Google to offer tracking opt-out to Wi-Fi owners
SAN FRANCISCO (AP) — Google is making a concession that will allow the owners of residential wireless networks to prevent their systems from being listed in a database that helps the company track people on cell phones.
The change announced Tuesday responds to concerns raised in Europe. Regulators there have periodically looked into whether Google's mapping services violate Europe's privacy laws.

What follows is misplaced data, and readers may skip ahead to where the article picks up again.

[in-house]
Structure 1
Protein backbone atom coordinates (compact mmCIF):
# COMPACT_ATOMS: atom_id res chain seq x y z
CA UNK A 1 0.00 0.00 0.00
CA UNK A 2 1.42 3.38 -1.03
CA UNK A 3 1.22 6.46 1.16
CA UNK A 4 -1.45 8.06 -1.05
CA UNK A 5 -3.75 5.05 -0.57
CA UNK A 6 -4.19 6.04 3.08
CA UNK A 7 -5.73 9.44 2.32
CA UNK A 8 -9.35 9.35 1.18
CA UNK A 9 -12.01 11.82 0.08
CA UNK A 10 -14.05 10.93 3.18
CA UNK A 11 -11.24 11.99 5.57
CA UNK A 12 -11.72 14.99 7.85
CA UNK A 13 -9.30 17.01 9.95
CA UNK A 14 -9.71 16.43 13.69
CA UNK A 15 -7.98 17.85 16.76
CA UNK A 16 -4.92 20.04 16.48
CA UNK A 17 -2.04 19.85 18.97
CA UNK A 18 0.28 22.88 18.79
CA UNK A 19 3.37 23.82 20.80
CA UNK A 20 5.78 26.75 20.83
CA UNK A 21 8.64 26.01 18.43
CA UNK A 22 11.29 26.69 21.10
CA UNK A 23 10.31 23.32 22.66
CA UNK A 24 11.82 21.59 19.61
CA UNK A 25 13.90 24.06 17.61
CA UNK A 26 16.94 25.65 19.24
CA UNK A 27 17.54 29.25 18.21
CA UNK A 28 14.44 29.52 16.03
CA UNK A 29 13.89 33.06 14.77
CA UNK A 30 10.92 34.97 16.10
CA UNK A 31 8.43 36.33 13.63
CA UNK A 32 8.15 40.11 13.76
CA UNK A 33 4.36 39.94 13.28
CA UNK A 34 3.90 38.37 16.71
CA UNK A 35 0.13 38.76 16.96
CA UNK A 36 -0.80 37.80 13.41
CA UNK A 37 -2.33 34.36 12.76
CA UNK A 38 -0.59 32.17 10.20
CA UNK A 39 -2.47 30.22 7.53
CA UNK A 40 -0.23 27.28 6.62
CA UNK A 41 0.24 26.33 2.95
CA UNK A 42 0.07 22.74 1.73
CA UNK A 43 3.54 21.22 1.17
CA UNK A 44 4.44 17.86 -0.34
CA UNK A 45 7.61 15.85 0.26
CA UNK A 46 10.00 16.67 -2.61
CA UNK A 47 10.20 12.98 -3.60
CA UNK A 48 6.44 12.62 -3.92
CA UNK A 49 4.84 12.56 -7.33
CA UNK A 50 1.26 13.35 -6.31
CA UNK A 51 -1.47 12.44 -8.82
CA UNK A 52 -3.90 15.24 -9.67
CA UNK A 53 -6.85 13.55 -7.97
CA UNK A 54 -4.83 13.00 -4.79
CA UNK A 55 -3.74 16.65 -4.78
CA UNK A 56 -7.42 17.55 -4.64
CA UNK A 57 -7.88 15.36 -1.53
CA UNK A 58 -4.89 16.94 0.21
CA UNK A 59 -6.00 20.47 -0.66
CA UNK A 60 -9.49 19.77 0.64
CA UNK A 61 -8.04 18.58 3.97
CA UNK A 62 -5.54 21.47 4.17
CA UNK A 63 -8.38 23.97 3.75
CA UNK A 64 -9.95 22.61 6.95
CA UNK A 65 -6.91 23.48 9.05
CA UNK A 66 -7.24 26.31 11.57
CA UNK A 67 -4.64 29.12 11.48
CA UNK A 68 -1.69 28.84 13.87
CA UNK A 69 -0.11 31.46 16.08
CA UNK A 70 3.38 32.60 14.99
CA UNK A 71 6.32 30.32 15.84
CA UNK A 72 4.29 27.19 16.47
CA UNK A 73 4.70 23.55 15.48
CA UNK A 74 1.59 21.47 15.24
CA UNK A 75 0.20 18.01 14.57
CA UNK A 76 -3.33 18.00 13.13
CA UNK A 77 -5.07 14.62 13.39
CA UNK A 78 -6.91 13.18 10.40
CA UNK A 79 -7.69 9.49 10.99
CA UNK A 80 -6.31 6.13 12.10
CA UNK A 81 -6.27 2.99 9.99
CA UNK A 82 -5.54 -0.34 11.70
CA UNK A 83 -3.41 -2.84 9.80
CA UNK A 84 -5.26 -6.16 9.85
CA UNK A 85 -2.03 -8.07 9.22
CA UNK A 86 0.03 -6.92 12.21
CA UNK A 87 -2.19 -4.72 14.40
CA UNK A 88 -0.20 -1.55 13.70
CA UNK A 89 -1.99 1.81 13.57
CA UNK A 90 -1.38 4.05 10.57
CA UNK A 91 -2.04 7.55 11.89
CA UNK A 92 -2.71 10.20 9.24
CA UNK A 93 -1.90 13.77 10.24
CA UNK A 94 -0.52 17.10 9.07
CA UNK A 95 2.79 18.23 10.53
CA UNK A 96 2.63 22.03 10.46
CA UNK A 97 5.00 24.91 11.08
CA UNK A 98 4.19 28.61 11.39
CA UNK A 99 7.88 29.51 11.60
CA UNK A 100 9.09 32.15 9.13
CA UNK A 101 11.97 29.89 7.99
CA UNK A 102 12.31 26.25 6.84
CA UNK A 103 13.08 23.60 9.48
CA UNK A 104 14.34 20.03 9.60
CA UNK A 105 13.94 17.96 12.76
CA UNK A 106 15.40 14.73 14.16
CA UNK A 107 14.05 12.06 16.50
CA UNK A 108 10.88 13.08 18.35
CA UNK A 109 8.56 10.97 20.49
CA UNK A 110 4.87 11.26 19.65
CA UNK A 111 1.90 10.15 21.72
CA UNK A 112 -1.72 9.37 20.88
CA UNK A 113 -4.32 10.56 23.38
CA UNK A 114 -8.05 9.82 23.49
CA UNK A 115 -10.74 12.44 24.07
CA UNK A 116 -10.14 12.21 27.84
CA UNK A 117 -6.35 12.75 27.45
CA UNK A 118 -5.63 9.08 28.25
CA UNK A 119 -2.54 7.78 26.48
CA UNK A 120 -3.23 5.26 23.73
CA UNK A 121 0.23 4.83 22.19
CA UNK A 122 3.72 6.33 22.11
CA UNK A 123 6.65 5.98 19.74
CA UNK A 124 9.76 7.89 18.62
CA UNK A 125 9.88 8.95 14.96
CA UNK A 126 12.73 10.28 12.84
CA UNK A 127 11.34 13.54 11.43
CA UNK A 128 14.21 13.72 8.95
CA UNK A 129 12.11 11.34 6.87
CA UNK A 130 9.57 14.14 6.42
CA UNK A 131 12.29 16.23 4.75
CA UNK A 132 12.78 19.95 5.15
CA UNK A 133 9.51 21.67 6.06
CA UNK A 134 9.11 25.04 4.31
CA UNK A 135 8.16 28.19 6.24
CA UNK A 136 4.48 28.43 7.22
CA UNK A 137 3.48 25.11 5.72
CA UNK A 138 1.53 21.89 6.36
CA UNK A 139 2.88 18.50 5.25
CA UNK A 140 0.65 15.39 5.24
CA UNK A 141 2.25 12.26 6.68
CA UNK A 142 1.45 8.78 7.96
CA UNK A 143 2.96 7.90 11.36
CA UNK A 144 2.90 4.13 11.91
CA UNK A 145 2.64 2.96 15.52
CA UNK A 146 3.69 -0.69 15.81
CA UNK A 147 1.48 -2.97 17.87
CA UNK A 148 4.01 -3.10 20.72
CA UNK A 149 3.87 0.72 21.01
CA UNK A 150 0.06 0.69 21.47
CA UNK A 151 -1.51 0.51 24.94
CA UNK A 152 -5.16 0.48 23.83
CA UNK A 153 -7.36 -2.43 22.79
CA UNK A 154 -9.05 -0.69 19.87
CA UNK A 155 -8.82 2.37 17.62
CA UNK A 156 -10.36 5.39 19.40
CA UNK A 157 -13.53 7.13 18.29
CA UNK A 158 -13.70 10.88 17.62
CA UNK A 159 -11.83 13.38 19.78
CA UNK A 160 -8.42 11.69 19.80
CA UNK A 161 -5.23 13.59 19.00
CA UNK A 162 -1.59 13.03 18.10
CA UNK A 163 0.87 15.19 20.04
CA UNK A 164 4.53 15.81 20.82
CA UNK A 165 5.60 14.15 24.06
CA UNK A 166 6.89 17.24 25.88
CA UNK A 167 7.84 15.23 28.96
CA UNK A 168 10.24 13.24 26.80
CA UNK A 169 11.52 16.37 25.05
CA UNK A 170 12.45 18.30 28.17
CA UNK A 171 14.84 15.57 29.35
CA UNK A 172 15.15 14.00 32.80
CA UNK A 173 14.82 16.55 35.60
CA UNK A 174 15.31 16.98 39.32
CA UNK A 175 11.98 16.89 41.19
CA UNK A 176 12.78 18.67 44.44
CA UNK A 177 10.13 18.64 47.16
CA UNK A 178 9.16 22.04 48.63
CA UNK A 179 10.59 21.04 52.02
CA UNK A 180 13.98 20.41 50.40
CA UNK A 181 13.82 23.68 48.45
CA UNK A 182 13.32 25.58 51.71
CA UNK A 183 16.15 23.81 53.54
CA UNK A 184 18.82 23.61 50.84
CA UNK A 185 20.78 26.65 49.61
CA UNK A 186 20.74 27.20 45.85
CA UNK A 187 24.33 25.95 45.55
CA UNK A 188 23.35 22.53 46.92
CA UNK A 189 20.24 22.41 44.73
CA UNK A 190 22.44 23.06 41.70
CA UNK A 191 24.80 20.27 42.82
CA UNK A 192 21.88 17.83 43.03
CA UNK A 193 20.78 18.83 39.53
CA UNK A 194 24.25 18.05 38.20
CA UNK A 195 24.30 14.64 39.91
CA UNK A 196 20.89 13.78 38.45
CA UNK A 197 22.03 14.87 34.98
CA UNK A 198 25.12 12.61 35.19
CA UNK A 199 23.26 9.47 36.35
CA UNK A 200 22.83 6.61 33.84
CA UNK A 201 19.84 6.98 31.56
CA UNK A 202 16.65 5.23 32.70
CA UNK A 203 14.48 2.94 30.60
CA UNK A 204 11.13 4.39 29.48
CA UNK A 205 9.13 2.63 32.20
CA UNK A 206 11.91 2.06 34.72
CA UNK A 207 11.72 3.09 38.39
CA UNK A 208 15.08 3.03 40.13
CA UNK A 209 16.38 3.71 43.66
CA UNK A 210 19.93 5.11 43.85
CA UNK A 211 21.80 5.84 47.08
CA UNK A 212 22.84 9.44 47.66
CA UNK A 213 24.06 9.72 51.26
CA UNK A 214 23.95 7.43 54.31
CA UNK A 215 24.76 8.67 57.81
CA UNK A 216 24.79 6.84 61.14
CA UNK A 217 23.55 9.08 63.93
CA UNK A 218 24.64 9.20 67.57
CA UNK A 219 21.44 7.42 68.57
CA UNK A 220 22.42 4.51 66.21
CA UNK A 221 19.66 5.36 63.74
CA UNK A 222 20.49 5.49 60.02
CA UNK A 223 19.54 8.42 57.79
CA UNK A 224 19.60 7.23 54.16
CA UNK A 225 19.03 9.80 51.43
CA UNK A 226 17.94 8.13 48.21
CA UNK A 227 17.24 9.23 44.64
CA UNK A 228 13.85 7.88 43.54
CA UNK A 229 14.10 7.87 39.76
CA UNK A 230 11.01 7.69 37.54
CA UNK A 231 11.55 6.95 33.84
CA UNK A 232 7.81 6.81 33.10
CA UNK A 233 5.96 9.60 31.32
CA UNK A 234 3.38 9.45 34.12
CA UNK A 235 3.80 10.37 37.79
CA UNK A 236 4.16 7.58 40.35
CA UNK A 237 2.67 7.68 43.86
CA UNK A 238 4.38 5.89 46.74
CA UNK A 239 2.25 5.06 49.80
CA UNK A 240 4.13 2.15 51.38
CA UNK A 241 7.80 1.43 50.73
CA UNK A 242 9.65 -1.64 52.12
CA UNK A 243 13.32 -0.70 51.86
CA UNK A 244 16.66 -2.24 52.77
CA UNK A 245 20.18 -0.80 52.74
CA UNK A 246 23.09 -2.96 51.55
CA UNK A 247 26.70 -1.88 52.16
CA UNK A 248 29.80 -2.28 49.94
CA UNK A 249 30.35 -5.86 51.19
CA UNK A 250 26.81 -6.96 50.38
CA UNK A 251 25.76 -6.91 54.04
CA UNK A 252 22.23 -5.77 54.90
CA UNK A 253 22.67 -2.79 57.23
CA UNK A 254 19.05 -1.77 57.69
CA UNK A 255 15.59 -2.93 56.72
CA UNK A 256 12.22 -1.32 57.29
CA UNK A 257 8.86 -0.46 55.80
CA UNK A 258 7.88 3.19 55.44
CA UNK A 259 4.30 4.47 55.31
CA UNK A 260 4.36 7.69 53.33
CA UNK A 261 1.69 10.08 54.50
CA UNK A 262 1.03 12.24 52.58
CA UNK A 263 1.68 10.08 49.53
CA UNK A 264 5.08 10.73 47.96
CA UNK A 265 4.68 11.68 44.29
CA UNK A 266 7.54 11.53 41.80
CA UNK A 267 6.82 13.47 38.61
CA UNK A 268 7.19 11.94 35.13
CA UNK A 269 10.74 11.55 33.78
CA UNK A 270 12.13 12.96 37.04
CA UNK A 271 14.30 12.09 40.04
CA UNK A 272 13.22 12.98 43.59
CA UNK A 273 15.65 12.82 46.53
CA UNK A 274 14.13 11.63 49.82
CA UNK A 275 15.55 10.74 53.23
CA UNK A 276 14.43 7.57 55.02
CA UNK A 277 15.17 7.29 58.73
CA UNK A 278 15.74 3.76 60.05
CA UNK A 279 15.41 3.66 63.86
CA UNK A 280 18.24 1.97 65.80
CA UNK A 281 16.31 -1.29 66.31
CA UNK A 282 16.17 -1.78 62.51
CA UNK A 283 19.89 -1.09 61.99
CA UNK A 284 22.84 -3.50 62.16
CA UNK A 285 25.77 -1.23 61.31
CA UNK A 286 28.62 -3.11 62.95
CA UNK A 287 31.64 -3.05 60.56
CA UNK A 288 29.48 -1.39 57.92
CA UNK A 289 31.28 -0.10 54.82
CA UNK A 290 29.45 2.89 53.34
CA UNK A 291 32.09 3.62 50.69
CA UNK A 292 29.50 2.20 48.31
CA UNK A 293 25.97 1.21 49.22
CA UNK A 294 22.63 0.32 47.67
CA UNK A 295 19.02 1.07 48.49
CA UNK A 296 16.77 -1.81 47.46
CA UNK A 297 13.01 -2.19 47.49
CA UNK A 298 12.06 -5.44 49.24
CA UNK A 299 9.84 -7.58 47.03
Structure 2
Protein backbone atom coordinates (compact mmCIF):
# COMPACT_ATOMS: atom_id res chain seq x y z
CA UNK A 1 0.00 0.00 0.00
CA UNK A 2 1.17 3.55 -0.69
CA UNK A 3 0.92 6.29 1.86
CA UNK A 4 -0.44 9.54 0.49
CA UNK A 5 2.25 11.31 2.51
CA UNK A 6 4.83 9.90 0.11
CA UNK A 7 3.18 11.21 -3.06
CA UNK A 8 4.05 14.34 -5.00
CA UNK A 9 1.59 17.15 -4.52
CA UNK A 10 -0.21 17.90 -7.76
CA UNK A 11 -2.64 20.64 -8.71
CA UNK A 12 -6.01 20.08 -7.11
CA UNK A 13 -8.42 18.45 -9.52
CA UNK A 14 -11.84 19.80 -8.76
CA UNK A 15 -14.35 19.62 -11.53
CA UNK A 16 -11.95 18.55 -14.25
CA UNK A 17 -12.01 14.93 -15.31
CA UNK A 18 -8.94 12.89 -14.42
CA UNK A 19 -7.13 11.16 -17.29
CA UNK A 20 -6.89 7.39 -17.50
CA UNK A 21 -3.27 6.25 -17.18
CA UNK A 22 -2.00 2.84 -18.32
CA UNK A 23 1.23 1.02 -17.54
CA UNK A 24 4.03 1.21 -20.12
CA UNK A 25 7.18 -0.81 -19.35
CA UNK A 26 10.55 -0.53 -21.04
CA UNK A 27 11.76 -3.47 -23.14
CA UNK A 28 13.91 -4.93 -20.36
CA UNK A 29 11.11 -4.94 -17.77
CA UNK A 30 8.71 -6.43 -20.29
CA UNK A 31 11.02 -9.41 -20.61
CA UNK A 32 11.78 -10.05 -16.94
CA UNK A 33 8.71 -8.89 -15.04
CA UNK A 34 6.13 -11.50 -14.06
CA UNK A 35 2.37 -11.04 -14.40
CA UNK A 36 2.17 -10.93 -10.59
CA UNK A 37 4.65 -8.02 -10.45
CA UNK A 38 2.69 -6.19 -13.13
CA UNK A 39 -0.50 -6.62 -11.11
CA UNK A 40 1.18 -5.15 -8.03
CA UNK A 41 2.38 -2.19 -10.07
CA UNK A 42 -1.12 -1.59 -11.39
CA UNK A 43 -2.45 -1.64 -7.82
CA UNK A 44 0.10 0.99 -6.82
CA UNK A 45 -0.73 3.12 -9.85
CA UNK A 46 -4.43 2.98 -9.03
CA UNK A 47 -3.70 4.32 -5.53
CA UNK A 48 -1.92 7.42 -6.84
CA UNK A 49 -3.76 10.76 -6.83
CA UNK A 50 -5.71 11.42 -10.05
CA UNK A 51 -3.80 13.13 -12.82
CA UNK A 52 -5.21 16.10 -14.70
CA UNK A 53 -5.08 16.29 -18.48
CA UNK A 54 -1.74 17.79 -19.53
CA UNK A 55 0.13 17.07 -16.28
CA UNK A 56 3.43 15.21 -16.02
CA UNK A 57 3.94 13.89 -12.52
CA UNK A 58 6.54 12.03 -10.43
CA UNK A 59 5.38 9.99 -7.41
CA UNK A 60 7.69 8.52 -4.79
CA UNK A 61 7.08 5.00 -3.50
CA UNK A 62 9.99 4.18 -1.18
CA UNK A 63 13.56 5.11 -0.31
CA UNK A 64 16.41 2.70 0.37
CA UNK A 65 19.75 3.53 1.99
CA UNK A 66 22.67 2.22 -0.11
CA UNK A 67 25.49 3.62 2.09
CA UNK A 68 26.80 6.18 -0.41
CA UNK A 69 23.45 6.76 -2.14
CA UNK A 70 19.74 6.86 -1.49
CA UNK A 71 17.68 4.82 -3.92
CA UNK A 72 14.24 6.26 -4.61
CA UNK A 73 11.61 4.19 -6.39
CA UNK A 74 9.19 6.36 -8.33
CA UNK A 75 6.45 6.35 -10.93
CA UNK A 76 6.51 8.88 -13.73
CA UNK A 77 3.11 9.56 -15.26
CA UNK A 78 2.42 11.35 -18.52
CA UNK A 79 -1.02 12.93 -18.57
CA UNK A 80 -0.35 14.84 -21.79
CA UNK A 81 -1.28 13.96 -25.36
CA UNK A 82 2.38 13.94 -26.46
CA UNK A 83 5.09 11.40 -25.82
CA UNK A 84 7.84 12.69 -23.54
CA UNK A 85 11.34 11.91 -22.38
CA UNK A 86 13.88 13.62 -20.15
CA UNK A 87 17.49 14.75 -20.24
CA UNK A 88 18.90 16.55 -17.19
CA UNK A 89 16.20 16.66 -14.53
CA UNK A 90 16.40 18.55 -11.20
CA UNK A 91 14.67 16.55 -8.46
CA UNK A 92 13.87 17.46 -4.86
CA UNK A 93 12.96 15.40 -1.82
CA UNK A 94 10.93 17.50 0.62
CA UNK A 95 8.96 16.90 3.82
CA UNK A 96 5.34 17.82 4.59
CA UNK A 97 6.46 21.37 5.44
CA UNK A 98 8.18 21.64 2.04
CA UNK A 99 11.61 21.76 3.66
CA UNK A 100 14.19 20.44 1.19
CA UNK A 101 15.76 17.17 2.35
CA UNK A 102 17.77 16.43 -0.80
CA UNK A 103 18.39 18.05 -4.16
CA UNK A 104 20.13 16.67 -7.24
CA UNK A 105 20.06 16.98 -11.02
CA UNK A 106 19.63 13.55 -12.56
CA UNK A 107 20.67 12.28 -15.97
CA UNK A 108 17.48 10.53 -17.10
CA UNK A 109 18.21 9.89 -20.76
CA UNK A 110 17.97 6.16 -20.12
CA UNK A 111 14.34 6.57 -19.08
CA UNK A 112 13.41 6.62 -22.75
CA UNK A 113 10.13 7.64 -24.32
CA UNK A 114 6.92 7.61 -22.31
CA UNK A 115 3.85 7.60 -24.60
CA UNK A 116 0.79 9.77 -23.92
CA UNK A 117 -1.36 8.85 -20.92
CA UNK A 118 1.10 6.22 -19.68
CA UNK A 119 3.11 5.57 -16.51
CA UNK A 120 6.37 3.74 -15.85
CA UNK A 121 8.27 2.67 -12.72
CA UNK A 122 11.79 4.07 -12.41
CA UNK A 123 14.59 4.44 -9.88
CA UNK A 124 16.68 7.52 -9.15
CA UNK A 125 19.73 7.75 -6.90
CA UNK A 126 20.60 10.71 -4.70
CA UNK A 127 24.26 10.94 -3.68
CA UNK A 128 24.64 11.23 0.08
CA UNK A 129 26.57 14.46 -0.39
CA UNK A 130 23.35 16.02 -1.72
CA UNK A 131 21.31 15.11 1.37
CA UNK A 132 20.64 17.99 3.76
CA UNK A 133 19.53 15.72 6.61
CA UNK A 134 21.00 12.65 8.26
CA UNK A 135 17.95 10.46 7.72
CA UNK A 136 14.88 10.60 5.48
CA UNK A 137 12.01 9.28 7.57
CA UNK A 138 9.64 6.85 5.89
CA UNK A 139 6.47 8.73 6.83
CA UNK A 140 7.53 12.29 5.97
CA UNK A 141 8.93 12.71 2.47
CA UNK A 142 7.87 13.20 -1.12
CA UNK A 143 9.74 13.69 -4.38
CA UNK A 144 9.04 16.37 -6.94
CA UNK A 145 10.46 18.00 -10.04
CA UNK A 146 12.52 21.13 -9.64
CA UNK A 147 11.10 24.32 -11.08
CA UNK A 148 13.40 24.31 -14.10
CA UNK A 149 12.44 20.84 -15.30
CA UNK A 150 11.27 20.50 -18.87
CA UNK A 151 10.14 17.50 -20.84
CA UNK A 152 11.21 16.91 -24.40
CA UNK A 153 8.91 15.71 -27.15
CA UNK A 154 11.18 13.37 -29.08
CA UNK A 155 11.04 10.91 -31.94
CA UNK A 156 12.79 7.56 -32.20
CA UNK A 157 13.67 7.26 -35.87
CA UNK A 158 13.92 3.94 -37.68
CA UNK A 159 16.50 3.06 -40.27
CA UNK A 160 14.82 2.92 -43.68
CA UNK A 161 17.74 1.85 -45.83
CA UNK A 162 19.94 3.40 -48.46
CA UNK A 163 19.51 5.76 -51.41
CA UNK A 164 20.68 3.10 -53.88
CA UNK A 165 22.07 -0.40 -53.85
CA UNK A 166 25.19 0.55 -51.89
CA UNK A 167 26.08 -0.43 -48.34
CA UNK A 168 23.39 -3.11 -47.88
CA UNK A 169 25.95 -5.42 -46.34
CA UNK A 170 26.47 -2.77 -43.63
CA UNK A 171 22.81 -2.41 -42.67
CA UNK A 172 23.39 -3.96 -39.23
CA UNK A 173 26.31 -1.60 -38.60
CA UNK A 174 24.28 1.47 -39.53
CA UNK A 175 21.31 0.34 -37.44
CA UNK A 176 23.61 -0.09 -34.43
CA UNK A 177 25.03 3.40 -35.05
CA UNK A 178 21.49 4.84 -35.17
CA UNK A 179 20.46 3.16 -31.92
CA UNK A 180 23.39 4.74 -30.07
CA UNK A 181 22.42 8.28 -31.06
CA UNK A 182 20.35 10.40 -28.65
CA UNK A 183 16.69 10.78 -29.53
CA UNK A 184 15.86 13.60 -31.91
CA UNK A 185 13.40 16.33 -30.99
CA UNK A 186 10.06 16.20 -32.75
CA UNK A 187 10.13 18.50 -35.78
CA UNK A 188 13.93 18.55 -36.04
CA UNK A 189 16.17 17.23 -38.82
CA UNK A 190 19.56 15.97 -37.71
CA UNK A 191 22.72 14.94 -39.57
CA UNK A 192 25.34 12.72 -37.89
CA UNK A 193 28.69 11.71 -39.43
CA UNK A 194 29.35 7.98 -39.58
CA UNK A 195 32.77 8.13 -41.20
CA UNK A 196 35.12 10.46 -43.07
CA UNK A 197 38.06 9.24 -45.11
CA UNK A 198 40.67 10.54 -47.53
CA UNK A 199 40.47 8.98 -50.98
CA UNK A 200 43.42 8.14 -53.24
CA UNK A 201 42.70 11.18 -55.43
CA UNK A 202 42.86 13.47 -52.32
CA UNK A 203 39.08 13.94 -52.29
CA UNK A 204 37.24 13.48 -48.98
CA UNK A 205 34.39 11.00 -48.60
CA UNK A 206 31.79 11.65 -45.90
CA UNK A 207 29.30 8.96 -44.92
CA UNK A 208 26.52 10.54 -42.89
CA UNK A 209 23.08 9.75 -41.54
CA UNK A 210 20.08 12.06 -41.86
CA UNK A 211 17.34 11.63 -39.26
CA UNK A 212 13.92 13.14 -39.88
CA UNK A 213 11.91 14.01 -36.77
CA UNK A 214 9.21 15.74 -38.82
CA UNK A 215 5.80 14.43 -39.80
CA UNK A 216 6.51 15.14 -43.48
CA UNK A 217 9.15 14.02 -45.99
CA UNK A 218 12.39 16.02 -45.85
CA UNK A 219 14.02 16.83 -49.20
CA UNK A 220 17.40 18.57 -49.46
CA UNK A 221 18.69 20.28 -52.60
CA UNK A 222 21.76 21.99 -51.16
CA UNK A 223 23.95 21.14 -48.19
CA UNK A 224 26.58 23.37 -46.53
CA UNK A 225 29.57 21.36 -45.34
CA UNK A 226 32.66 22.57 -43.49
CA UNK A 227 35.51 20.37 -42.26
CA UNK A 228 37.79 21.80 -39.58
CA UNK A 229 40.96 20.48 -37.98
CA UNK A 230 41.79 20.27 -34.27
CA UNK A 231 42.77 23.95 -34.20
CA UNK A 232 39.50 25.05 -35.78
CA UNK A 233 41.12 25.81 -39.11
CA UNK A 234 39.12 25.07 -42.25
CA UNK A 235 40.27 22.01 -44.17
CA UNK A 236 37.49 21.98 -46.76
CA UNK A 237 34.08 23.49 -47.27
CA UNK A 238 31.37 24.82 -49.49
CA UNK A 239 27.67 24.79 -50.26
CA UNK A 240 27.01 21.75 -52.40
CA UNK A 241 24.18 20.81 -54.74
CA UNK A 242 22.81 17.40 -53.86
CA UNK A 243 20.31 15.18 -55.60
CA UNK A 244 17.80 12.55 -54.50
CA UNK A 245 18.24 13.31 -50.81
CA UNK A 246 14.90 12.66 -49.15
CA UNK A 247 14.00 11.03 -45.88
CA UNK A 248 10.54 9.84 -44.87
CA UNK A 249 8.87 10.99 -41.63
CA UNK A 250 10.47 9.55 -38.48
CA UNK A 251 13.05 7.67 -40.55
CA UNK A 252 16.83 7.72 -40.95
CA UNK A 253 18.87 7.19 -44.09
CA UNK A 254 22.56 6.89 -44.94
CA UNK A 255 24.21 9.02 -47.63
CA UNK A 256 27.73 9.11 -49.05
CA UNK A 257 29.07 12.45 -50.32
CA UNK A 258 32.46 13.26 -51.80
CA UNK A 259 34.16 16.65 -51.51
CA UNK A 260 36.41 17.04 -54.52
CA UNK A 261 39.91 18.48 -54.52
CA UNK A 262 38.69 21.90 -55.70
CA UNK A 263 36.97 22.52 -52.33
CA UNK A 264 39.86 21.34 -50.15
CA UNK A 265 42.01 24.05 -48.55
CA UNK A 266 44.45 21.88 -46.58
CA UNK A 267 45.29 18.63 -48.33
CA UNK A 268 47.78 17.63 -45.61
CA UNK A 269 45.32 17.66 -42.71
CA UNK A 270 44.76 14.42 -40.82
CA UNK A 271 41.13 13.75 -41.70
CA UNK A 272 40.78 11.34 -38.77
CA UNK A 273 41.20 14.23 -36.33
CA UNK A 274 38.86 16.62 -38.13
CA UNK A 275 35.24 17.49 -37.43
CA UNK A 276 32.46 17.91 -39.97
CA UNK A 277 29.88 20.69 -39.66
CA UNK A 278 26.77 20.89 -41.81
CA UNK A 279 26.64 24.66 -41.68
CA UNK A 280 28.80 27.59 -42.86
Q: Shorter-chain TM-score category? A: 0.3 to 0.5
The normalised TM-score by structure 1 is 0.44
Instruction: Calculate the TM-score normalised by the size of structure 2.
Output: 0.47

To avoid trouble, Google will permit owners of wireless networks to opt out of the company's tracking technology. The option will be available worldwide in the autumn.
Google relies on the signals from wireless, or Wi-Fi, networks scattered around neighborhoods to get a better handle on locations of someone on a cell phone using Google's Android software or other services. The company says the Wi-Fi networks don't reveal people's identities.